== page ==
Crushed Goldfish and A Semi-Crushed Ego

On my flight from London to Doha, I sat behind a very active (read: rambunctious) five-year-old Qatari boy. His mother and I chatted in broken Arabic as he loudly chomped on Goldfish crackers. During our conversation, I realized that Kathmandu was going to be way out of my comfort zone. This would be the first time since starting school at Davidson that I would not actively be studying Arabic and the first time I would live in a country outside of the U.S. that wasn’t in the Middle East. I had spent the previous summer learning Arabic in Amman, Jordan and the spring semester of my sophomore year in Beirut, Lebanon, where I would return after my time in Nepal. It feels strange to write that my comfort zone is the Middle East, but it’s true. Living in Nepal was going to be hard. I didn’t know Nepali and barely knew anything about Nepal’s history–I was going in as ignorant as the foreigners I had made fun of in Lebanon a few weeks earlier. “Why would you bother coming to a country without learning the native language first?” I had learned my first lesson of the summer without even stepping foot in Nepal: I was a huge hypocrite. Despite my mediocre efforts, I could not memorize all of the basic Nepali sayings provided by a quick Google search during my flight to Kathmandu (I did, however, learn how to say “Hello, my name is…” and “thank you” which did earn me some ~cool girl~ points in the office). With crushed goldfish in my shoes, I made my way through the Tribhuvan International Airport. I was greeted by a familiar face, Melech, and a girl in a red shirt. Melech, a Davidson student on the same program, had arrived a few days prior and came with Eve, our program director, to pick me up. We put my bags in the back of the taxi and headed towards my home for the next two months. On the way back from the airport, Eve explained the layout of Kathmandu and gave a brief overview of what the next two months would look like. We’d have a seminar every week to talk about Nepali history, the current political climate, voluntourism, and our roles as foreign interns in Nepal. In addition to our seminars, we’d be working a full-time internship at Open Learning Exchange (OLE) Nepal. Upon arrival at the apartment, Eve let Melech and I know that we’d have our first seminar over dinner in a few hours. I walked into the apartment feeling a little bit overwhelmed, I put my bags down, emptied the goldfish out of my shoes, and took a deep breath–this was home now.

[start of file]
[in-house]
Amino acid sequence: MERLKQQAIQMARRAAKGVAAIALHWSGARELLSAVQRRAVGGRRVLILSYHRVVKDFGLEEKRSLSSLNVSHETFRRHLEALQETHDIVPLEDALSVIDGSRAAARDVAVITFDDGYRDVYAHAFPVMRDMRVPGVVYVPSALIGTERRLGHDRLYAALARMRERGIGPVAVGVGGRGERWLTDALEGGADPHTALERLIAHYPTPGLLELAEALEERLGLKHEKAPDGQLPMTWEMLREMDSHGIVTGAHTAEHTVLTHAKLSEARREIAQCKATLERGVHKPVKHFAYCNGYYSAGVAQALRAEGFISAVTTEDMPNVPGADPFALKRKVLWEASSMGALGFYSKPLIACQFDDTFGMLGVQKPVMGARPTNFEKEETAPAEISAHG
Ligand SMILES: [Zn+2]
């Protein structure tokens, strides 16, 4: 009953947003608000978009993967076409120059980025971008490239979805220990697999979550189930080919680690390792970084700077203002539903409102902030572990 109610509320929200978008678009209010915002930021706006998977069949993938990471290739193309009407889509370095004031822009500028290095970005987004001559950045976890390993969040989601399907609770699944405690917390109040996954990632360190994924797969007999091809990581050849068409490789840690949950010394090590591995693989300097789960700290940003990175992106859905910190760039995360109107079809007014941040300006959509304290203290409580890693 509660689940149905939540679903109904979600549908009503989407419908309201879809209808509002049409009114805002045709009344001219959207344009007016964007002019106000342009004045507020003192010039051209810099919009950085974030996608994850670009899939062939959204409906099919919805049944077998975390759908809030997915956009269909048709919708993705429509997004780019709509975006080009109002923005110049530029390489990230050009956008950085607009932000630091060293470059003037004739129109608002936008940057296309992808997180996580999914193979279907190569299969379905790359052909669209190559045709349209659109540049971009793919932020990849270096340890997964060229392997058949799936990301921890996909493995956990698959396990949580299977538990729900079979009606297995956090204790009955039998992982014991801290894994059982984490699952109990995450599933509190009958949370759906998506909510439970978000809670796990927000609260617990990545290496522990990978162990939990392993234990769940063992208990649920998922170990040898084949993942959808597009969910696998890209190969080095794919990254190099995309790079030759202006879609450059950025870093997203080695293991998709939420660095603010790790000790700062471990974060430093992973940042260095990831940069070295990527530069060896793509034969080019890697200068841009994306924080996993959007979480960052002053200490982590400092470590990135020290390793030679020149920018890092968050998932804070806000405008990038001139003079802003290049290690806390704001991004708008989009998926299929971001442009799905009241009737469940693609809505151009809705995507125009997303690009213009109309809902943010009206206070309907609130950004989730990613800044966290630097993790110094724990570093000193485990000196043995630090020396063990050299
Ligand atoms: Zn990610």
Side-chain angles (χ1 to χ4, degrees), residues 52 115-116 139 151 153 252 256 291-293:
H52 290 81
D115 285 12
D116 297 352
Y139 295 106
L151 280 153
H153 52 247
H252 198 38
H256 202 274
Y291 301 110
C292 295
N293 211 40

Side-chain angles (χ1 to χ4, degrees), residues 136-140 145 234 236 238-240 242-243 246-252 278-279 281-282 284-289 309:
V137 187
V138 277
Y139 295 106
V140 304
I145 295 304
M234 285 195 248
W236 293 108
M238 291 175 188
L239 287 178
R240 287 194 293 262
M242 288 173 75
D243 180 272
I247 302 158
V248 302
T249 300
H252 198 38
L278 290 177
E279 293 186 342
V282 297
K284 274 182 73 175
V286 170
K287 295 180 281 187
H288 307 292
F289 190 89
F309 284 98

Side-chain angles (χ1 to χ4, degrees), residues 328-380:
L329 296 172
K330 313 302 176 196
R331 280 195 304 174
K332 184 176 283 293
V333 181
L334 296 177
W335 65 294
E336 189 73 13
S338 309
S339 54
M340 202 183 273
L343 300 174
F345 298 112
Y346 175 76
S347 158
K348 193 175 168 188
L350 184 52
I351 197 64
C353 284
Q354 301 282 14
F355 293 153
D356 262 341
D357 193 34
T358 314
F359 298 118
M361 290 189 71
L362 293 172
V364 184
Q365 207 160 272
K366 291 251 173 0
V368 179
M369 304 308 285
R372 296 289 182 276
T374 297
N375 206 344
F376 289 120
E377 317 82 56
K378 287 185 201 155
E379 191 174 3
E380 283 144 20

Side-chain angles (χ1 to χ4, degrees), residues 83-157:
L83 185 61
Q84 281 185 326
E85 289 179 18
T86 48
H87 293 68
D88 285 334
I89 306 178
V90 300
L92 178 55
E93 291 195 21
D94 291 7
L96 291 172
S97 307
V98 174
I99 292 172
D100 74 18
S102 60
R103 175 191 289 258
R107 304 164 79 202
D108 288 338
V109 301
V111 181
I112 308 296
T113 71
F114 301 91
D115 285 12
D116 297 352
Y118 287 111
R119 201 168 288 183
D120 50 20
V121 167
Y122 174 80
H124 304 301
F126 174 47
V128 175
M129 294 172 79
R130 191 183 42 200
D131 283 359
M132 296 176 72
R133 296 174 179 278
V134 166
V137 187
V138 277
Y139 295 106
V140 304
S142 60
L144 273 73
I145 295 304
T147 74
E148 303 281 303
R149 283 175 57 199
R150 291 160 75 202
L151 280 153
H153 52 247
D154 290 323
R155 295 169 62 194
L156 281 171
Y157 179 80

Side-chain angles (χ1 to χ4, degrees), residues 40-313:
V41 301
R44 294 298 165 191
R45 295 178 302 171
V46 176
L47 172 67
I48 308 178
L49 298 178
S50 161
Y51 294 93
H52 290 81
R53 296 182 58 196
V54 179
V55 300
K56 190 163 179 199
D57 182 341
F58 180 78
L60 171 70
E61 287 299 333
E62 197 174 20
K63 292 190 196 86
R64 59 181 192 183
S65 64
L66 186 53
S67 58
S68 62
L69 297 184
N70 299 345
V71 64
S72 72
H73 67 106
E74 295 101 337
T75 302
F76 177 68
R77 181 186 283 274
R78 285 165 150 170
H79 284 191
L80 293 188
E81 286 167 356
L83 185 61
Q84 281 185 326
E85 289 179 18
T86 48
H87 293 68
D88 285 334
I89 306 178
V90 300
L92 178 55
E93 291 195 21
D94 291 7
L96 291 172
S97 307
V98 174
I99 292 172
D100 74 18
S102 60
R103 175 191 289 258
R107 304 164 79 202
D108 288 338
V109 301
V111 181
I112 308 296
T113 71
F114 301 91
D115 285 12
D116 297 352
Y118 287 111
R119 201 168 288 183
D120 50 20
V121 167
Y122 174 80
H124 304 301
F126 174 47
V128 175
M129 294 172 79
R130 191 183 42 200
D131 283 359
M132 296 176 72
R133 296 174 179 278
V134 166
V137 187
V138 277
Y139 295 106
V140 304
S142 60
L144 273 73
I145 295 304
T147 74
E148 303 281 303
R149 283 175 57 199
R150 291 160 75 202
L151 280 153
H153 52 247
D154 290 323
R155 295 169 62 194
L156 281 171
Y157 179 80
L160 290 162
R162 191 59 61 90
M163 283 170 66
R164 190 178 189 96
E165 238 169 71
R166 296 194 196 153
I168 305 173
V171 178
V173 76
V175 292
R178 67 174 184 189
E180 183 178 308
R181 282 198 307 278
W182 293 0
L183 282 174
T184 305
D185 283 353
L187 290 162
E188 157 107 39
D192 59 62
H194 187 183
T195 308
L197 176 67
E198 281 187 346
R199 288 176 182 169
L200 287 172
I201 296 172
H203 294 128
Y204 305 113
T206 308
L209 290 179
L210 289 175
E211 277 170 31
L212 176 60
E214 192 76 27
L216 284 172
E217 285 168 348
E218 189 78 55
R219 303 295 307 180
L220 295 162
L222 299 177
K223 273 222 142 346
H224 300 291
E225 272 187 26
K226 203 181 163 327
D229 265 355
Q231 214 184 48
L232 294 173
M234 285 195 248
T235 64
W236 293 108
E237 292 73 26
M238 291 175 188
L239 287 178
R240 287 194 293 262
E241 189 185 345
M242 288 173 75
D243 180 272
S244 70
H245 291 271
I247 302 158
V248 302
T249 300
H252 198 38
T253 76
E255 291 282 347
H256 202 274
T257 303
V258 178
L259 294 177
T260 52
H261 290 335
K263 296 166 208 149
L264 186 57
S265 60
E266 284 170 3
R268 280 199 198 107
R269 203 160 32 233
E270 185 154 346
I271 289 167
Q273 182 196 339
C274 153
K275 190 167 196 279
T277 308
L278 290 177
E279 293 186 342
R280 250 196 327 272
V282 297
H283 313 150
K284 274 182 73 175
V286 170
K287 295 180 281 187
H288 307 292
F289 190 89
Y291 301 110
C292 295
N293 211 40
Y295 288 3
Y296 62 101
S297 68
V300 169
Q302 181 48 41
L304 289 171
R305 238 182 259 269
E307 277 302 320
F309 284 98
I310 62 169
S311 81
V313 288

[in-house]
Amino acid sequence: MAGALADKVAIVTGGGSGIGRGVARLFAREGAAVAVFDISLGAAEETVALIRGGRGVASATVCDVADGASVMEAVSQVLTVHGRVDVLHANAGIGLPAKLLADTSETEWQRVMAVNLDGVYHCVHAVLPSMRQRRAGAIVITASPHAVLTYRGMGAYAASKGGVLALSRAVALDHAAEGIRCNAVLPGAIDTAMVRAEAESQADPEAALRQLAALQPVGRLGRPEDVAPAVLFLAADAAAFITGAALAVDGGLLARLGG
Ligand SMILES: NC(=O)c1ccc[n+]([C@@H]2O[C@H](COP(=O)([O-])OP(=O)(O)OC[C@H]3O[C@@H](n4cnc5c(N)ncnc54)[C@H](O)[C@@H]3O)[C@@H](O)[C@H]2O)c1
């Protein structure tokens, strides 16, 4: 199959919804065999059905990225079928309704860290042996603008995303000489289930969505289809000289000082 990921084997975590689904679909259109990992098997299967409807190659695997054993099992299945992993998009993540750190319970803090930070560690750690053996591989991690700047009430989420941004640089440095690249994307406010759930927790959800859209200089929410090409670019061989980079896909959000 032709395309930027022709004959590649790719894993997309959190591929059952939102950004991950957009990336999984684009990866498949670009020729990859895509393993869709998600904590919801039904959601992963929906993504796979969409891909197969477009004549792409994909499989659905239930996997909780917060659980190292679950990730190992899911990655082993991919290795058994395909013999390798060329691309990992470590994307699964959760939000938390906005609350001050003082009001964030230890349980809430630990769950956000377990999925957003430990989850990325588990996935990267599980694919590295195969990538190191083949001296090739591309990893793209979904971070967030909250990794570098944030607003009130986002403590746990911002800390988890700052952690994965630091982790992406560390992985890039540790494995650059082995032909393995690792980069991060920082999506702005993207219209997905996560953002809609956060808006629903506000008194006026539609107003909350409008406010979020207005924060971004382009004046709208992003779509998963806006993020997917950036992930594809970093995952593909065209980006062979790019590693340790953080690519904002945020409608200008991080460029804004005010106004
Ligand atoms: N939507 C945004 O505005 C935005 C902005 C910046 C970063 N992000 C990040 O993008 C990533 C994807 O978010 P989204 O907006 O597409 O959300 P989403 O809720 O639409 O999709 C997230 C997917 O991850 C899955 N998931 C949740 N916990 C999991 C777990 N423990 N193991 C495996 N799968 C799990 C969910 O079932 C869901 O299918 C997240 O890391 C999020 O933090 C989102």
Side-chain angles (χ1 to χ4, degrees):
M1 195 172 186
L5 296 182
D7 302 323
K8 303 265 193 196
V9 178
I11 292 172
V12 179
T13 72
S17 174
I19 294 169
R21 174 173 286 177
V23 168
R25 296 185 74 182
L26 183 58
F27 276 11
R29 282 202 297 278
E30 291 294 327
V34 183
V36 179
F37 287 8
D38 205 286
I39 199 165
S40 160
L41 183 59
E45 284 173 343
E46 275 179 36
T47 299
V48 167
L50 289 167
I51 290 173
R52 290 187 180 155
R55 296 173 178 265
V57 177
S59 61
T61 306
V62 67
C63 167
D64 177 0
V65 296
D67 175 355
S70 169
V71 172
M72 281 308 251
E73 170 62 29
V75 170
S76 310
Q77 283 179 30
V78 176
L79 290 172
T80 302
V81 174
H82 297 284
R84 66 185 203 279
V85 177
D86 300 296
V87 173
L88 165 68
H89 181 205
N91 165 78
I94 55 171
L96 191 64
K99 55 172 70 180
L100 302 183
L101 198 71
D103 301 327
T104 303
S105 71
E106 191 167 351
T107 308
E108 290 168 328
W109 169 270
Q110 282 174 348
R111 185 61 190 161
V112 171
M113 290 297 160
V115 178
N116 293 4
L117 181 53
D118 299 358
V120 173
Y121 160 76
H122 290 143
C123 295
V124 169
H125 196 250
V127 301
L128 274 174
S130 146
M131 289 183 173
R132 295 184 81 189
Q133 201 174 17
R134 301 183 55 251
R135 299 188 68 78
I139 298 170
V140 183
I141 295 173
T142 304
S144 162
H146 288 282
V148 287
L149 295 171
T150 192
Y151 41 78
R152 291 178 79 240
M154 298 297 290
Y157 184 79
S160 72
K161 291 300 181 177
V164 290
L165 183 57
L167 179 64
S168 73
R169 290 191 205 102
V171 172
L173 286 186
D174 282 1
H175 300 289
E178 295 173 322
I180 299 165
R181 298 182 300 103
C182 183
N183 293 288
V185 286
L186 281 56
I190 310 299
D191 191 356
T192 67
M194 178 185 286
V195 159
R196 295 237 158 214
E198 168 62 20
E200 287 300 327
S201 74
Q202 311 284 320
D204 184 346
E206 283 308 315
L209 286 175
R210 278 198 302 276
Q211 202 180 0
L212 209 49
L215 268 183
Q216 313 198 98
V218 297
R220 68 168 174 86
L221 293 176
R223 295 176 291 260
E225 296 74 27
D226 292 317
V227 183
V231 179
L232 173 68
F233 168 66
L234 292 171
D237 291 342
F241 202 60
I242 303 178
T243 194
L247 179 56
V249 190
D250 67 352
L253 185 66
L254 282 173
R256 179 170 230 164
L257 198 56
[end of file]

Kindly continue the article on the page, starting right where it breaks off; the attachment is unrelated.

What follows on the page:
Fueled by an incurable jetlag and a recent obsession with fitness Instagrams, I decided I was going to run my way around Sanepa, the area in Kathmandu where I was living. I noticed a few things on my morning runs:

1) everyone in Sanepa seemed to be awake and fully functioning by 4:30 am

2) there were dogs everywhere

3) a thick layer of dust and car exhaust covers the city around 7:30 am

4) I was very out of shape

Running gave me the ability to explore Kathmandu in ways I wouldn’t be able to since I was working full-time. The weekends were reserved for tourist-y activities and outings with friends at their favorite restaurants, bars, and cafes. On my morning runs, I could zigzag in and out of the back roads–seeing hidden street art, passing by people walking to the temple, and saying hello to the kids outside of their parents’ corner stores. I became a familiar face to my new neighbors and learned how kind-hearted they were—shooing away dogs who had started chasing after me and offering me water and food when I was red, tired, and sweaty. I would soon come to learn that openness and generosity were not characteristics exclusive to my neighbors, but rather that this was the Nepali way. Within my first few weeks here, I already feel loved, welcomed, and at home. I can’t wait for the rest of the summer and I’m so incredibly lucky to be living here.


Street art (1/3)


Street art (2/3)


Street art (3/3)

In an attempt to practice my Arabic over the summer, I frequented the only Syrian-owned restaurant in Kathmandu (and I believe Nepal). My coworkers came with me to try Middle Eastern food for the first time. Here they are enjoying zaatar w jebneh and chicken shawarma!